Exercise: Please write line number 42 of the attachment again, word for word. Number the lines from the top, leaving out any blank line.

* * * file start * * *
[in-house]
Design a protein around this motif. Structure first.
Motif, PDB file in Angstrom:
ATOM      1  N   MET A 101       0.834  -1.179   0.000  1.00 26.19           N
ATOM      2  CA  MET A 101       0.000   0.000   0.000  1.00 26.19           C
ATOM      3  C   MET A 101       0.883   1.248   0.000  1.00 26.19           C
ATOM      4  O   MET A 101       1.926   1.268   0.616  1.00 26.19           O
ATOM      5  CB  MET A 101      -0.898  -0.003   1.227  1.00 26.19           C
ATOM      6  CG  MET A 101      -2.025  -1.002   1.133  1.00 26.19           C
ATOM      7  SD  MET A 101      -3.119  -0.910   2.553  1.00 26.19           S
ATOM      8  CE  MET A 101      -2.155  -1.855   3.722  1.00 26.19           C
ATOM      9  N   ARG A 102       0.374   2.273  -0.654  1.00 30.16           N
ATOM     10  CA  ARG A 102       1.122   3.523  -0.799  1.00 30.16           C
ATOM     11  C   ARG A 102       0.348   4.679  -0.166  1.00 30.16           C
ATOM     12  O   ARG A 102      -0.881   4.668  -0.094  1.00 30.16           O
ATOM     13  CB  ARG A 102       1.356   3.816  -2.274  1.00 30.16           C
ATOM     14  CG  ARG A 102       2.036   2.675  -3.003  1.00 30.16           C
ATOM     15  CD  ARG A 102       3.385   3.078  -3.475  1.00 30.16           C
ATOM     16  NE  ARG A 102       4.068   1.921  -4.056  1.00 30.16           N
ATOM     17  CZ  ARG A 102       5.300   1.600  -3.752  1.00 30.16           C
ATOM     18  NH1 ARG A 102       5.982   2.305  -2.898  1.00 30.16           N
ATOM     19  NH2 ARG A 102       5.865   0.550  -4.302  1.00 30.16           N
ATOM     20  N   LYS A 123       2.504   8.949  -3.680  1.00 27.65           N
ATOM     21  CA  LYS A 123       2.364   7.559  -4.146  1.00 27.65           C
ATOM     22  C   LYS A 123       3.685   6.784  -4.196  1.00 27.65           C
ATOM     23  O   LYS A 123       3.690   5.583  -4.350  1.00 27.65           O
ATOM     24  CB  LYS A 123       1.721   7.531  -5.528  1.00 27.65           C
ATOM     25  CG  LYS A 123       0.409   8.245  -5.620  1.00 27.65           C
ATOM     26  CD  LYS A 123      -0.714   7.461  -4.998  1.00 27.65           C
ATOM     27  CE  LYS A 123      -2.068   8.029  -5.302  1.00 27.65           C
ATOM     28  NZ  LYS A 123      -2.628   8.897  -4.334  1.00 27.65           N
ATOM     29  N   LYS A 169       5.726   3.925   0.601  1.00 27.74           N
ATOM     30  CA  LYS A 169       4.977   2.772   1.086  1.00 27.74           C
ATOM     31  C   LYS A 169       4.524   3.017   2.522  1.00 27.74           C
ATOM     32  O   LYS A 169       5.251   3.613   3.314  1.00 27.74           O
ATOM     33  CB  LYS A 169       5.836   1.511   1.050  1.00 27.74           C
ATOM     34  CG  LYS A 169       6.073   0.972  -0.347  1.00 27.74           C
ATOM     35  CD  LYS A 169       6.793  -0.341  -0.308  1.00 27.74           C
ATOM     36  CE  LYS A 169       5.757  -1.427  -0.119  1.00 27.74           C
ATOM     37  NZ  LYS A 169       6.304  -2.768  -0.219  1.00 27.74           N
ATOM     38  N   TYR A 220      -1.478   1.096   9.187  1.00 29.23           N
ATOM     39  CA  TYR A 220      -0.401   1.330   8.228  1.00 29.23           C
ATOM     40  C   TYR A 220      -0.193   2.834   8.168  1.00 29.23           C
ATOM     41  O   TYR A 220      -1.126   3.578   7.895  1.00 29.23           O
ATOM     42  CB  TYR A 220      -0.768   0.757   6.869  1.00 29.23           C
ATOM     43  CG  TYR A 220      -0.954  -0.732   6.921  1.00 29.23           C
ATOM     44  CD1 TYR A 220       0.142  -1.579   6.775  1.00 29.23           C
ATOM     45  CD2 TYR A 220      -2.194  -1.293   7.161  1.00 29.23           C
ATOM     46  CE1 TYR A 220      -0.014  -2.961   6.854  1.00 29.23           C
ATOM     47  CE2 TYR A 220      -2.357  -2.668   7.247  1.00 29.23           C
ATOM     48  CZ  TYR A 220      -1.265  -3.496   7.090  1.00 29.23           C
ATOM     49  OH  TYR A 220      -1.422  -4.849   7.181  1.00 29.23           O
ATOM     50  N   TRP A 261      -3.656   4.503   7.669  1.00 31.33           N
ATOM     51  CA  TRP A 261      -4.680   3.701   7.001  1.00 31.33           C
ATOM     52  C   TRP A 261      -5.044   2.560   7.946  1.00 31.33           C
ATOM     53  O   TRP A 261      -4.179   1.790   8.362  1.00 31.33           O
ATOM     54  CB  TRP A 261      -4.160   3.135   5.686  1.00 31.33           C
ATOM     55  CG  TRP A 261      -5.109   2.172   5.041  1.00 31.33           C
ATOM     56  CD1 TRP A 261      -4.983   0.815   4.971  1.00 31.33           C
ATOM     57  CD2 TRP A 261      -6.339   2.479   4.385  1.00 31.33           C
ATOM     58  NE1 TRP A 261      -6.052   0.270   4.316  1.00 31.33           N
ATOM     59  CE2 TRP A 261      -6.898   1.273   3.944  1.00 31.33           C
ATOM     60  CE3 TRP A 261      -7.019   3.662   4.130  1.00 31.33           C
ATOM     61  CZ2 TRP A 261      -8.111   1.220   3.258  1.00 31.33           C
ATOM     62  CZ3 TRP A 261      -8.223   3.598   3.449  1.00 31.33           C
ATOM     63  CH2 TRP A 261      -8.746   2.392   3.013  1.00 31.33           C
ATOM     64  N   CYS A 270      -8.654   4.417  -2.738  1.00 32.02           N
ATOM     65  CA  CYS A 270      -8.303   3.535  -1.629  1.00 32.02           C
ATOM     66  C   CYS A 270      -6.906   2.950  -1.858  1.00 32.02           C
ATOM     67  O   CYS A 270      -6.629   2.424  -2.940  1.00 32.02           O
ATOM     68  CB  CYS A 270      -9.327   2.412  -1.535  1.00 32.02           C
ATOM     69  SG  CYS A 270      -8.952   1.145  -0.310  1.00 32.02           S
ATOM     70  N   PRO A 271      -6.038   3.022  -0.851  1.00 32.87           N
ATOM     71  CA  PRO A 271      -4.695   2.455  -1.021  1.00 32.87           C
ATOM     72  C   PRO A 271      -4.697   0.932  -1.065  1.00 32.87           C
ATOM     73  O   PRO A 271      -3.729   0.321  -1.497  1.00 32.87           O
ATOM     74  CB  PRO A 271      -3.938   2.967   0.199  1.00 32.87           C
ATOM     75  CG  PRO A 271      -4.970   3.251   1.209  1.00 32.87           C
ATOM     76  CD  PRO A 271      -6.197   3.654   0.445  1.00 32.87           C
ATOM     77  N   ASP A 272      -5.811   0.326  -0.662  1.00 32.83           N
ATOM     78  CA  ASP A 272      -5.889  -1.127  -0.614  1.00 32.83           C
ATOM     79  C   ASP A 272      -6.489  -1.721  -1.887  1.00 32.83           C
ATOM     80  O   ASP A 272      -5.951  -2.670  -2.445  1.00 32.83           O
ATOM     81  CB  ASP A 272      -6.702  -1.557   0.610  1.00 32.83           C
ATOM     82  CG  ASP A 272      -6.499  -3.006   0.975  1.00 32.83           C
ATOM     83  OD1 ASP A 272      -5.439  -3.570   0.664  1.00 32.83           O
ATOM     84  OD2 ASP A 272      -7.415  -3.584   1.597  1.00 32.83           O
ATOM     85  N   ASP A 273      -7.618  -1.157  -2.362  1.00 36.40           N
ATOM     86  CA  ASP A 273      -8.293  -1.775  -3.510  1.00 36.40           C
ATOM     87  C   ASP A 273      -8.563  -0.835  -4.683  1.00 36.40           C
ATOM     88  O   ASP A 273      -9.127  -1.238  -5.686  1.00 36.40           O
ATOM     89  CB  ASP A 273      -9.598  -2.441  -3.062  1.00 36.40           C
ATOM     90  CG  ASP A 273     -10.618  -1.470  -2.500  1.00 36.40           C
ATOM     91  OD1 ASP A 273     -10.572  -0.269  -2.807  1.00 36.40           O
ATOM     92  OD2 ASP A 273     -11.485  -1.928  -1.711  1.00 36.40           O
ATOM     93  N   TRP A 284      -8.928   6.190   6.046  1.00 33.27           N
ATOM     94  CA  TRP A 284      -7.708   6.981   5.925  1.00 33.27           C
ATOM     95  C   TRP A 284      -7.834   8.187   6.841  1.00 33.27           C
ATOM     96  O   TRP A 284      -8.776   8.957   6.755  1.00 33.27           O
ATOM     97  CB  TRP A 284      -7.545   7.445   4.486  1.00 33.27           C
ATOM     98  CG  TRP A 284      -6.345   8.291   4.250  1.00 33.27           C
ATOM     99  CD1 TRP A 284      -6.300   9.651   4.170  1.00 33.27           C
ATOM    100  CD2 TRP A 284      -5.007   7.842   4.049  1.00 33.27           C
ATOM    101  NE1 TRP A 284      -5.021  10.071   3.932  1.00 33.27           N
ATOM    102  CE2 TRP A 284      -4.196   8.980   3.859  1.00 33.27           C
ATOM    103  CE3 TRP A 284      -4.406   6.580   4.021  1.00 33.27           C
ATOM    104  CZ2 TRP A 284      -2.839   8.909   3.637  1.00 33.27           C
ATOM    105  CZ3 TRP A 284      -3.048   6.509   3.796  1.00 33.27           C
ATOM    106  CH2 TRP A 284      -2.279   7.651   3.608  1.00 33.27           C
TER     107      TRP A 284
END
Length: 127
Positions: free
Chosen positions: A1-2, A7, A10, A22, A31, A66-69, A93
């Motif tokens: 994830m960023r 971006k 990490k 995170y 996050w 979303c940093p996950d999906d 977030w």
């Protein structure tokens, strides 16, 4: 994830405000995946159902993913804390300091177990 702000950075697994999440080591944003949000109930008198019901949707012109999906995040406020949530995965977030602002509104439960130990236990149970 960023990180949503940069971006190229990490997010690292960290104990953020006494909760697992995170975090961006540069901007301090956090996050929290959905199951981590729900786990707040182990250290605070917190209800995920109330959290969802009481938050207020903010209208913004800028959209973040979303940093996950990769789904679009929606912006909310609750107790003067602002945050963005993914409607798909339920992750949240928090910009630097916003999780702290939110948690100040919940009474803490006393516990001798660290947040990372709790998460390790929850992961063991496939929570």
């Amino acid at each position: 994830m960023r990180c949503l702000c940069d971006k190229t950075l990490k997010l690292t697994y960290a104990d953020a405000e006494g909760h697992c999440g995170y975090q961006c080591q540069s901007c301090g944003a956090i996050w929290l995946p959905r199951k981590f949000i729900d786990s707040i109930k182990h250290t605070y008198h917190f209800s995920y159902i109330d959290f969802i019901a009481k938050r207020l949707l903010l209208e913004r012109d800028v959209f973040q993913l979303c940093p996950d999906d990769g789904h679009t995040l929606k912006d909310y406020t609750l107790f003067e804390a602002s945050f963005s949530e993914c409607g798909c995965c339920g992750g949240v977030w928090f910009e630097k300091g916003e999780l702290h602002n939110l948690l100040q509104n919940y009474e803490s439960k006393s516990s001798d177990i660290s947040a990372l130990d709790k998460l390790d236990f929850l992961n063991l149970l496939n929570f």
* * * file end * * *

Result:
ATOM     39  CA  TYR A 220      -0.401   1.330   8.228  1.00 29.23           C